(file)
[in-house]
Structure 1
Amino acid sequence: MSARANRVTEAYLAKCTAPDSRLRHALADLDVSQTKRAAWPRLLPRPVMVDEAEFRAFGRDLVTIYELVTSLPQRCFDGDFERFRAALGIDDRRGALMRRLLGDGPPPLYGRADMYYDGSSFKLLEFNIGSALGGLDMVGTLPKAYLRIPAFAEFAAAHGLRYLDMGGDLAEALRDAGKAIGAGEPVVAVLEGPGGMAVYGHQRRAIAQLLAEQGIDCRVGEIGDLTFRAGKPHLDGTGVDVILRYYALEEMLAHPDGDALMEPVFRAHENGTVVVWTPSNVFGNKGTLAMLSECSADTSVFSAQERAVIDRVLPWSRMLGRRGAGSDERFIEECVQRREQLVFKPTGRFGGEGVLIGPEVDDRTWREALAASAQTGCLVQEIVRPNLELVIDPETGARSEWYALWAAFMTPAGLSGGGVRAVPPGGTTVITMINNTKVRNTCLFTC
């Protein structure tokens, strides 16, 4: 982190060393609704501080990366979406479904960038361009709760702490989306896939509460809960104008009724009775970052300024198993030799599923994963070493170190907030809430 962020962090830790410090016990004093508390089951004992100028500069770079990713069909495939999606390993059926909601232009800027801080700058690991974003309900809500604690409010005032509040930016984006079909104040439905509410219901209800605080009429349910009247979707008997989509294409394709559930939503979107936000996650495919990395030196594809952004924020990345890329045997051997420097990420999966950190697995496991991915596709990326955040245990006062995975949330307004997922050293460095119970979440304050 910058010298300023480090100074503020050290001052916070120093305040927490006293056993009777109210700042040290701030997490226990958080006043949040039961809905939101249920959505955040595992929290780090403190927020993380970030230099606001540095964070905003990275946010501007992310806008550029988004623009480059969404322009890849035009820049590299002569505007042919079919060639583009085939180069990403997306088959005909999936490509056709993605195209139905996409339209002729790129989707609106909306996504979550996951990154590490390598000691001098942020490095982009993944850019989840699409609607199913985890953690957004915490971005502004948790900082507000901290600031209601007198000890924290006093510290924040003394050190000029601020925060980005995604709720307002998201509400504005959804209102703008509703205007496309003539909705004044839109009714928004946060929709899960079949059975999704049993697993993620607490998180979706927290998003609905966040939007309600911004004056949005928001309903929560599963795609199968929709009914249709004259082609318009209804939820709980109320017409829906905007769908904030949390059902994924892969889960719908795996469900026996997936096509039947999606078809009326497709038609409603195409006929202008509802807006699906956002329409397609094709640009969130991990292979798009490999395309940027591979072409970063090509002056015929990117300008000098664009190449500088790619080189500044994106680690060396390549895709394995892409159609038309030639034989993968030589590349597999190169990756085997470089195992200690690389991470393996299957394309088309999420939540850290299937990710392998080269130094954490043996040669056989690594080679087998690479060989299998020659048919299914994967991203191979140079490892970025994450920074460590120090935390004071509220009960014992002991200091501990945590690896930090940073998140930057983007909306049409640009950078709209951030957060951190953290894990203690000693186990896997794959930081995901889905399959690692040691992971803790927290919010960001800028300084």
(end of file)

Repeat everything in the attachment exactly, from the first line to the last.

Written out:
[in-house]
Structure 1
Amino acid sequence: MSARANRVTEAYLAKCTAPDSRLRHALADLDVSQTKRAAWPRLLPRPVMVDEAEFRAFGRDLVTIYELVTSLPQRCFDGDFERFRAALGIDDRRGALMRRLLGDGPPPLYGRADMYYDGSSFKLLEFNIGSALGGLDMVGTLPKAYLRIPAFAEFAAAHGLRYLDMGGDLAEALRDAGKAIGAGEPVVAVLEGPGGMAVYGHQRRAIAQLLAEQGIDCRVGEIGDLTFRAGKPHLDGTGVDVILRYYALEEMLAHPDGDALMEPVFRAHENGTVVVWTPSNVFGNKGTLAMLSECSADTSVFSAQERAVIDRVLPWSRMLGRRGAGSDERFIEECVQRREQLVFKPTGRFGGEGVLIGPEVDDRTWREALAASAQTGCLVQEIVRPNLELVIDPETGARSEWYALWAAFMTPAGLSGGGVRAVPPGGTTVITMINNTKVRNTCLFTC
């Protein structure tokens, strides 16, 4: 982190060393609704501080990366979406479904960038361009709760702490989306896939509460809960104008009724009775970052300024198993030799599923994963070493170190907030809430 962020962090830790410090016990004093508390089951004992100028500069770079990713069909495939999606390993059926909601232009800027801080700058690991974003309900809500604690409010005032509040930016984006079909104040439905509410219901209800605080009429349910009247979707008997989509294409394709559930939503979107936000996650495919990395030196594809952004924020990345890329045997051997420097990420999966950190697995496991991915596709990326955040245990006062995975949330307004997922050293460095119970979440304050 910058010298300023480090100074503020050290001052916070120093305040927490006293056993009777109210700042040290701030997490226990958080006043949040039961809905939101249920959505955040595992929290780090403190927020993380970030230099606001540095964070905003990275946010501007992310806008550029988004623009480059969404322009890849035009820049590299002569505007042919079919060639583009085939180069990403997306088959005909999936490509056709993605195209139905996409339209002729790129989707609106909306996504979550996951990154590490390598000691001098942020490095982009993944850019989840699409609607199913985890953690957004915490971005502004948790900082507000901290600031209601007198000890924290006093510290924040003394050190000029601020925060980005995604709720307002998201509400504005959804209102703008509703205007496309003539909705004044839109009714928004946060929709899960079949059975999704049993697993993620607490998180979706927290998003609905966040939007309600911004004056949005928001309903929560599963795609199968929709009914249709004259082609318009209804939820709980109320017409829906905007769908904030949390059902994924892969889960719908795996469900026996997936096509039947999606078809009326497709038609409603195409006929202008509802807006699906956002329409397609094709640009969130991990292979798009490999395309940027591979072409970063090509002056015929990117300008000098664009190449500088790619080189500044994106680690060396390549895709394995892409159609038309030639034989993968030589590349597999190169990756085997470089195992200690690389991470393996299957394309088309999420939540850290299937990710392998080269130094954490043996040669056989690594080679087998690479060989299998020659048919299914994967991203191979140079490892970025994450920074460590120090935390004071509220009960014992002991200091501990945590690896930090940073998140930057983007909306049409640009950078709209951030957060951190953290894990203690000693186990896997794959930081995901889905399959690692040691992971803790927290919010960001800028300084």